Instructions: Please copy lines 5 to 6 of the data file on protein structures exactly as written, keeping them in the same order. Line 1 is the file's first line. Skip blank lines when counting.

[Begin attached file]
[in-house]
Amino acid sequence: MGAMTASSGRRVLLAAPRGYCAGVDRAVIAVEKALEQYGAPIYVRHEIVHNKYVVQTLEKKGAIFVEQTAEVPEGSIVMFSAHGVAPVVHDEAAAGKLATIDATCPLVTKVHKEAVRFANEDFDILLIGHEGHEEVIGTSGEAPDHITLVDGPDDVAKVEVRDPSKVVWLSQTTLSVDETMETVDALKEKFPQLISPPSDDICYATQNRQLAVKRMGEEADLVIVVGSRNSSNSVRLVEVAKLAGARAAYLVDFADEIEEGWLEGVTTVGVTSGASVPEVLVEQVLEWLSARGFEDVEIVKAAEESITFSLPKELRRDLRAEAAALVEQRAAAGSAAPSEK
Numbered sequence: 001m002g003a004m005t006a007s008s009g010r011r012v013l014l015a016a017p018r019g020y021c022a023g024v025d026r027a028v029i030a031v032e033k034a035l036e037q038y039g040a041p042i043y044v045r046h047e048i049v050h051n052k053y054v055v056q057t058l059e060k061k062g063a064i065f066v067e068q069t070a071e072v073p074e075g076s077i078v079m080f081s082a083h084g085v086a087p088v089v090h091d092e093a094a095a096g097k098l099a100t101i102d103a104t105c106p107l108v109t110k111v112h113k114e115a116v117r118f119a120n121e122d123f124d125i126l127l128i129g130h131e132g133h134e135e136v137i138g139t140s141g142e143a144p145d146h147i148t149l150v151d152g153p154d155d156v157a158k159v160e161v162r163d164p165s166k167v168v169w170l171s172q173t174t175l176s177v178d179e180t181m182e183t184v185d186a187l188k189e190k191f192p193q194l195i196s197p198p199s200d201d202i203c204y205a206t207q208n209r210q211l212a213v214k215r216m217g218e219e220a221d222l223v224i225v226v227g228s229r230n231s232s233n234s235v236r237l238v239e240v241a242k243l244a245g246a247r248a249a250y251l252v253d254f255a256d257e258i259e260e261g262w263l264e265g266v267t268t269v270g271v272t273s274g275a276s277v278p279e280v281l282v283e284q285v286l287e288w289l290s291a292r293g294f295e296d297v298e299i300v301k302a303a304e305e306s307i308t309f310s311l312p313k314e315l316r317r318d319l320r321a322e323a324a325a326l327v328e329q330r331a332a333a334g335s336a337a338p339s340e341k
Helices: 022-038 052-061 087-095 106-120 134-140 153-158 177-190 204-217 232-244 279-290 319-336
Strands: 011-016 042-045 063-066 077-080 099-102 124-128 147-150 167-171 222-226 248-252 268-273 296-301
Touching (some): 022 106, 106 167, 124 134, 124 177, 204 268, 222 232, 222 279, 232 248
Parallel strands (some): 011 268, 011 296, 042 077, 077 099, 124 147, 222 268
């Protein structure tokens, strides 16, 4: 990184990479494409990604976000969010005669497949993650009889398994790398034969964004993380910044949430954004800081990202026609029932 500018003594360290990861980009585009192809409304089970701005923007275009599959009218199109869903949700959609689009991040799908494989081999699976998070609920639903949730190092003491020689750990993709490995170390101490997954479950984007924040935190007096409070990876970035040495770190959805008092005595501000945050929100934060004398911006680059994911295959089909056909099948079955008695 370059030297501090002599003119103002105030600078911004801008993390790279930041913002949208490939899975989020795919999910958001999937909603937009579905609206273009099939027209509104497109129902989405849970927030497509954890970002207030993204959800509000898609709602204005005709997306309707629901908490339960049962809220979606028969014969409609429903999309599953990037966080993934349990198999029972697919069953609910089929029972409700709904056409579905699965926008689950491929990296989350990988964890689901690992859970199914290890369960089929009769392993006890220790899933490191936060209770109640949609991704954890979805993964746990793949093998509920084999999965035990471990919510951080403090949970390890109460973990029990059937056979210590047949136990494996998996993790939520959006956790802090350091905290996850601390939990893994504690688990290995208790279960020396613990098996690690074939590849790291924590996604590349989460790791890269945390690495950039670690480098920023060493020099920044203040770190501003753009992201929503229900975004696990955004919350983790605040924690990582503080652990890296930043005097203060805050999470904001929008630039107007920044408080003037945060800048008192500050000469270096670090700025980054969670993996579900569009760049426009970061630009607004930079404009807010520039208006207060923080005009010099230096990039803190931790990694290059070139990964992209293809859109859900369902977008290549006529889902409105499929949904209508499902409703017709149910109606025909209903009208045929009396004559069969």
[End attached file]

Strands: 011-016 042-045 063-066 077-080 099-102 124-128 147-150 167-171 222-226 248-252 268-273 296-301
Touching (some): 022 106, 106 167, 124 134, 124 177, 204 268, 222 232, 222 279, 232 248